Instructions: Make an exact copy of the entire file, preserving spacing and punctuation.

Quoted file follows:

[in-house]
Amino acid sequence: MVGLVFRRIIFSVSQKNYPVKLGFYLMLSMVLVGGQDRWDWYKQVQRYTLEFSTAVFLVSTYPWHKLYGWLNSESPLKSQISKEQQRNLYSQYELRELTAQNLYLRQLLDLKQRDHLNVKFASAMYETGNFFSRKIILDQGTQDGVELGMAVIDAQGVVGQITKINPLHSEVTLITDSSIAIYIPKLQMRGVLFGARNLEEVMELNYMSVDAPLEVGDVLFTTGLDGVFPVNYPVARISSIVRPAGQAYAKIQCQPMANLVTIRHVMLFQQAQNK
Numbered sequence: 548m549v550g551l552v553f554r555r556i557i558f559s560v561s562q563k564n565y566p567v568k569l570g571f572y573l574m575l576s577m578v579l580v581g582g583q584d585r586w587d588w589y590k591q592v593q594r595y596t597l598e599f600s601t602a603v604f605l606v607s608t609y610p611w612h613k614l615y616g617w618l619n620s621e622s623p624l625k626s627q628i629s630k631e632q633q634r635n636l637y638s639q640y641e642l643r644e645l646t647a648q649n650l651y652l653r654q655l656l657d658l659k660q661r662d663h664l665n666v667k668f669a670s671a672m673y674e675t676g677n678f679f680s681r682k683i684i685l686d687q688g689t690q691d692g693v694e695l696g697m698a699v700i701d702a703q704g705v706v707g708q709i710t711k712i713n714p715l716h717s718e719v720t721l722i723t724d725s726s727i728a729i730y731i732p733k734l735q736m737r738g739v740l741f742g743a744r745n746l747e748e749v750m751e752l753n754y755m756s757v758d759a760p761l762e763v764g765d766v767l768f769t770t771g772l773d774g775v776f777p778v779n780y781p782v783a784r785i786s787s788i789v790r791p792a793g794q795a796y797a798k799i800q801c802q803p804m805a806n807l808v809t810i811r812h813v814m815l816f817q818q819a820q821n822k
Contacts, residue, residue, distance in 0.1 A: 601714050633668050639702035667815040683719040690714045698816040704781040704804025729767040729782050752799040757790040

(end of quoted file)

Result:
[in-house]
Amino acid sequence: MVGLVFRRIIFSVSQKNYPVKLGFYLMLSMVLVGGQDRWDWYKQVQRYTLEFSTAVFLVSTYPWHKLYGWLNSESPLKSQISKEQQRNLYSQYELRELTAQNLYLRQLLDLKQRDHLNVKFASAMYETGNFFSRKIILDQGTQDGVELGMAVIDAQGVVGQITKINPLHSEVTLITDSSIAIYIPKLQMRGVLFGARNLEEVMELNYMSVDAPLEVGDVLFTTGLDGVFPVNYPVARISSIVRPAGQAYAKIQCQPMANLVTIRHVMLFQQAQNK
Numbered sequence: 548m549v550g551l552v553f554r555r556i557i558f559s560v561s562q563k564n565y566p567v568k569l570g571f572y573l574m575l576s577m578v579l580v581g582g583q584d585r586w587d588w589y590k591q592v593q594r595y596t597l598e599f600s601t602a603v604f605l606v607s608t609y610p611w612h613k614l615y616g617w618l619n620s621e622s623p624l625k626s627q628i629s630k631e632q633q634r635n636l637y638s639q640y641e642l643r644e645l646t647a648q649n650l651y652l653r654q655l656l657d658l659k660q661r662d663h664l665n666v667k668f669a670s671a672m673y674e675t676g677n678f679f680s681r682k683i684i685l686d687q688g689t690q691d692g693v694e695l696g697m698a699v700i701d702a703q704g705v706v707g708q709i710t711k712i713n714p715l716h717s718e719v720t721l722i723t724d725s726s727i728a729i730y731i732p733k734l735q736m737r738g739v740l741f742g743a744r745n746l747e748e749v750m751e752l753n754y755m756s757v758d759a760p761l762e763v764g765d766v767l768f769t770t771g772l773d774g775v776f777p778v779n780y781p782v783a784r785i786s787s788i789v790r791p792a793g794q795a796y797a798k799i800q801c802q803p804m805a806n807l808v809t810i811r812h813v814m815l816f817q818q819a820q821n822k
Contacts, residue, residue, distance in 0.1 A: 601714050633668050639702035667815040683719040690714045698816040704781040704804025729767040729782050752799040757790040